SouthEast Effective Development, also known as SEED, has a mission to improve the quality of life in Southeast Seattle by creating partnerships and inspiring investments in housing, arts, and economic development – with a special focus on residents with fewer opportunities and resources. Since it’s founding, SEED has helped revive the historic Columbia City business district, improve access to health care for residents, expand affordable housing in the area, and nurture arts and culture.

Today, SEED offers nearly 4000 affordable housing units at 13 individual properties, providing stability, dignity, and employment opportunities to seniors, artists, low-income, and special needs residents. Additionally, SEED provides commercial space for small business owners, and has sold condominium space in the past, allowing ownership of the property, preventing displacement and helping to slow the process of gentrification in Rainier Valley.

When Randall assumed a leadership position at SEED, he immediately took action to revitalize SEED owned Rainier Art Center and finished construction at KVRU 105.7fm radio. As a musician himself, he looked at the Rainier Art Center and saw two needs; first, an outdated sound system, and second, the need to make the venue affordable and accessible to financially limited groups.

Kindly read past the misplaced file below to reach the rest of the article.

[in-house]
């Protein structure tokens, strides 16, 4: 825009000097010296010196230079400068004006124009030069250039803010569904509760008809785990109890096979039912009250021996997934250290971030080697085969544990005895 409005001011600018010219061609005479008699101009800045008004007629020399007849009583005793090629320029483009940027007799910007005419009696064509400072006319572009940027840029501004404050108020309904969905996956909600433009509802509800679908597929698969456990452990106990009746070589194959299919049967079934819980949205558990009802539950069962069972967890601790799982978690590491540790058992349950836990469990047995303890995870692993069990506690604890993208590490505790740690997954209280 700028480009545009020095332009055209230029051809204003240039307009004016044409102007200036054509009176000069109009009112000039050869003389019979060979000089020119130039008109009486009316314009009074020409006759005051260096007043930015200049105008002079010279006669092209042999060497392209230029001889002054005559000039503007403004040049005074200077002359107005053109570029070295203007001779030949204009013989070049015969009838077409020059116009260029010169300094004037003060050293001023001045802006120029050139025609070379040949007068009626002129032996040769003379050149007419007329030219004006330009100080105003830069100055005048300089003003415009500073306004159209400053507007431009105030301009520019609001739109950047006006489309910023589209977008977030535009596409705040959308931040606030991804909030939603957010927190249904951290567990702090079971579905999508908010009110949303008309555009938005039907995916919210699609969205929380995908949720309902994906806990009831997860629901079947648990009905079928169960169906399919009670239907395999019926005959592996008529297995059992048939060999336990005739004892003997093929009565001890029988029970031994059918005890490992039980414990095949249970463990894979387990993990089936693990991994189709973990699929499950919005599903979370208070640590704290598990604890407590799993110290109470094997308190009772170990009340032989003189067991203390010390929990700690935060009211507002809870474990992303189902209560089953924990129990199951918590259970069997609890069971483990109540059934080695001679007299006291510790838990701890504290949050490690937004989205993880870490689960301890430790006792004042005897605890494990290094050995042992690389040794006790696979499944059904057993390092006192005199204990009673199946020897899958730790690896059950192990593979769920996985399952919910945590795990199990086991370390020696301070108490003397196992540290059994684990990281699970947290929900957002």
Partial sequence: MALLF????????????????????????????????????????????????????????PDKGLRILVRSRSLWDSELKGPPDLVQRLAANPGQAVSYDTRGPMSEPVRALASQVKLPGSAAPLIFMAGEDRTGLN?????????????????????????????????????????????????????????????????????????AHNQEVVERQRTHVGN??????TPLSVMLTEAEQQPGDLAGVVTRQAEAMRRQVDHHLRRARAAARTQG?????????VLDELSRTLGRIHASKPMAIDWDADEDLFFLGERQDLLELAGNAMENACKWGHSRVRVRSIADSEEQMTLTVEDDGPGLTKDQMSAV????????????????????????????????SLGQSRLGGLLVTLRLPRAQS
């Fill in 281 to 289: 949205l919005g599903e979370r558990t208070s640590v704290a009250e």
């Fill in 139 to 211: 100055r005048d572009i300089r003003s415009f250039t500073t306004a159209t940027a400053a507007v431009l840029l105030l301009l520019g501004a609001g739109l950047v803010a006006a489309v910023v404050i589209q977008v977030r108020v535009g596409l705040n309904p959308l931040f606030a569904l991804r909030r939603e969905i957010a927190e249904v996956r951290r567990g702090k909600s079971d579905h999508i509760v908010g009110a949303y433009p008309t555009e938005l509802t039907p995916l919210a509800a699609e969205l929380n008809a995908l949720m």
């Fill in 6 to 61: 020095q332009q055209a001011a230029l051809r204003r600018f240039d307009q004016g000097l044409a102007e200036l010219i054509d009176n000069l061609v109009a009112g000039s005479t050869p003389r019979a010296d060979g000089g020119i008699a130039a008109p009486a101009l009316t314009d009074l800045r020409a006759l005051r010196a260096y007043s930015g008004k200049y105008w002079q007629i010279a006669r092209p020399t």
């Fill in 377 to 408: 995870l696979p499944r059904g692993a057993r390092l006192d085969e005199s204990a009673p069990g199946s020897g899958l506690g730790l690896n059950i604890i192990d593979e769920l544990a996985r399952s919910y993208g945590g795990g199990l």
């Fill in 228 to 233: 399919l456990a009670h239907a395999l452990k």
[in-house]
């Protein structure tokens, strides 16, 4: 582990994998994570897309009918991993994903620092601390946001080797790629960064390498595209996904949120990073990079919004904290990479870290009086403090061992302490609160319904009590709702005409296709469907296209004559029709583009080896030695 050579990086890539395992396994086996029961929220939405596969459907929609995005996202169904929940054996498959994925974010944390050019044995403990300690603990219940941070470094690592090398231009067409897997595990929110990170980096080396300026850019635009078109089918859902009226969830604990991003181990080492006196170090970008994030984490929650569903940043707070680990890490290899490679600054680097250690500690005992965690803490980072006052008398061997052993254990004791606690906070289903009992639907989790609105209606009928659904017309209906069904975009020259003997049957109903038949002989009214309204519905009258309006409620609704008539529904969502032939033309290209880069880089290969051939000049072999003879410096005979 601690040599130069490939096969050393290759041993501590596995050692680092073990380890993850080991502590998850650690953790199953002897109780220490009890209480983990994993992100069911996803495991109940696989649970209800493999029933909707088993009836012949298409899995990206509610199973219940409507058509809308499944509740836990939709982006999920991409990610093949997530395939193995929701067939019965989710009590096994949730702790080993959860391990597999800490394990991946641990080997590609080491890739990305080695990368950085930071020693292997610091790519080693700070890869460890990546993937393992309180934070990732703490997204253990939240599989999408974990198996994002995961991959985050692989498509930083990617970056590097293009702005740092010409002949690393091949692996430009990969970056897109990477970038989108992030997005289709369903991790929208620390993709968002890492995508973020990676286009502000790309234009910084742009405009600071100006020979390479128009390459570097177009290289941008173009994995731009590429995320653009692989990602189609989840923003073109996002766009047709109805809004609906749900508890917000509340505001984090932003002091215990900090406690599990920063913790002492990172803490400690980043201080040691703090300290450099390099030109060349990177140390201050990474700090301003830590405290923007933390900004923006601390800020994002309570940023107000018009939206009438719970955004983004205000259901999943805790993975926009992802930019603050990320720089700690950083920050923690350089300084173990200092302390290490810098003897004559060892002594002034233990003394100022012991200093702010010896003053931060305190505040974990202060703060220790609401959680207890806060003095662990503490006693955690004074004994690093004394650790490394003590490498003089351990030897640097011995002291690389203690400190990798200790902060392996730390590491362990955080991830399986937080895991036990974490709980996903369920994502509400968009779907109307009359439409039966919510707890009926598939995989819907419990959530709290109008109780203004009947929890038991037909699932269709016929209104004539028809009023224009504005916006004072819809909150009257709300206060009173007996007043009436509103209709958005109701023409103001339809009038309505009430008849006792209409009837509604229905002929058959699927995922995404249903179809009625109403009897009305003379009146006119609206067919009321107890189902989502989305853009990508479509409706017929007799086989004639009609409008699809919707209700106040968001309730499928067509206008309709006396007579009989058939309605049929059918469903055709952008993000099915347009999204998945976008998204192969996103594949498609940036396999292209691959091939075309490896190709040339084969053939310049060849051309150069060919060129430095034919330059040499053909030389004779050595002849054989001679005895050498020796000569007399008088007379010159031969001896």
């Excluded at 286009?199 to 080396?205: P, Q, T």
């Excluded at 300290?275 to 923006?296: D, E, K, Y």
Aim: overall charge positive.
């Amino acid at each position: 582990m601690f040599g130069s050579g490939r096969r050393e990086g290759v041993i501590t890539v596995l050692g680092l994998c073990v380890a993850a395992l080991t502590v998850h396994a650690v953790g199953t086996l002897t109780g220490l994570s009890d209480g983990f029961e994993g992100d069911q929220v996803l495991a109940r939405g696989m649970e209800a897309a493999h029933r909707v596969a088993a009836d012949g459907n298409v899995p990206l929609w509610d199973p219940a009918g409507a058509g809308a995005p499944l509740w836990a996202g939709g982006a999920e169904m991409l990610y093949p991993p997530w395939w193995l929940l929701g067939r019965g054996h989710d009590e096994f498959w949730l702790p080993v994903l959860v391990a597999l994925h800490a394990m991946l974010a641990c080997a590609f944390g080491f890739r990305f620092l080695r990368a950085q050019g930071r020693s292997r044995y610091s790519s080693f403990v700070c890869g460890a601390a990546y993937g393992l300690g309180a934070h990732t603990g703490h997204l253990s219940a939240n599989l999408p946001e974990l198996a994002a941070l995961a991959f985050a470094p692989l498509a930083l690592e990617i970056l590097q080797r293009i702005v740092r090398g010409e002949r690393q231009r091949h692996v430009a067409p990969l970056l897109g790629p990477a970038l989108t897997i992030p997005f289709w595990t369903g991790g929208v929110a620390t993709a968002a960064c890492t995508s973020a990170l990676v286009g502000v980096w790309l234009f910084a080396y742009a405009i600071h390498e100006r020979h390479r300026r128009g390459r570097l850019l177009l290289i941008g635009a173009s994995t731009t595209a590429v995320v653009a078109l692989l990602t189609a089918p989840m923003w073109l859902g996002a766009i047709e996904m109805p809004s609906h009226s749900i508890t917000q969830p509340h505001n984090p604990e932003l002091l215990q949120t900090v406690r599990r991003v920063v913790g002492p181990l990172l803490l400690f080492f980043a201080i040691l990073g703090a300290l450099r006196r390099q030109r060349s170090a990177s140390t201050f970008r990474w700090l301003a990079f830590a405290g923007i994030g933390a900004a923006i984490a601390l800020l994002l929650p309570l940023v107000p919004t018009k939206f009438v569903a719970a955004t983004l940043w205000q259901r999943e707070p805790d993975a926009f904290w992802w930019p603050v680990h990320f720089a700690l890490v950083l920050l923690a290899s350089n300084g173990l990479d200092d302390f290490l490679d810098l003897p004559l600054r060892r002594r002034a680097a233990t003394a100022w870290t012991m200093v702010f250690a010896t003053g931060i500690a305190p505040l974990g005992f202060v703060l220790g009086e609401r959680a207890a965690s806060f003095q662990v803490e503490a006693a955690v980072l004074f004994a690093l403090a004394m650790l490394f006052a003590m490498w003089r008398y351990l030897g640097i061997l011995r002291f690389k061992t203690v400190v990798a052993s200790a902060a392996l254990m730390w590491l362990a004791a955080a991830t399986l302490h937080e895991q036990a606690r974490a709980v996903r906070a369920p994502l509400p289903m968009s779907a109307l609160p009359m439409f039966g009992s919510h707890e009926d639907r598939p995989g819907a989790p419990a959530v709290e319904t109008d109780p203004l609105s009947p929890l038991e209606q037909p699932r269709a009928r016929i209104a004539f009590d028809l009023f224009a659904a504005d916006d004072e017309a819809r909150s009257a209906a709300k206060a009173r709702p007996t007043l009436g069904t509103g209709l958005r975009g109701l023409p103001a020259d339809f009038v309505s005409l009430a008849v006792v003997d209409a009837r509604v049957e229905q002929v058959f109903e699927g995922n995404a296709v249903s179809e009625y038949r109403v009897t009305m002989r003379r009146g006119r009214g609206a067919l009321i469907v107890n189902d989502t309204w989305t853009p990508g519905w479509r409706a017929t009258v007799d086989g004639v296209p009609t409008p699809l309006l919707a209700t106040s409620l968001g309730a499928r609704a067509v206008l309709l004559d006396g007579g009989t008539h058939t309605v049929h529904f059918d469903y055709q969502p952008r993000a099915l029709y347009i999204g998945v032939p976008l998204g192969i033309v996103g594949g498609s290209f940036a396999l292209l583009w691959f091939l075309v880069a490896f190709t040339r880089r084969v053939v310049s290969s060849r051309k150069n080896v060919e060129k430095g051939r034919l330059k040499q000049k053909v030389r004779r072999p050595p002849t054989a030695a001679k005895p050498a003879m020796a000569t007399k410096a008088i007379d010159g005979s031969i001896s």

Today, SEED offers nearly 4000 affordable housing units at 13 individual properties, providing stability, dignity, and employment opportunities to seniors, artists, low income, and special needs residents.

Initially, Randall donated sound equipment from his company, Affordable Sound, on a volunteer basis but quickly realized that there needed to be a permanent solution. Today, the Rainier Art Center has an industry-level sound and lighting system and is a prized venue for local and visiting talent.

In addition to upgrading facilities, Randall reminded us that part of economic development is helping his neighbors to establish and stabilize their businesses. Randall’s relationships at the City of Seattle and with various small and large companies throughout the County, have given him the ability to connect people with the right resources and financial capital needed to survive and thrive in today’s strained economic market. And the best part is that his role as a musician keeps him connected to the needs of front-line workers; giving daily reminders of what opportunities the arts community is facing.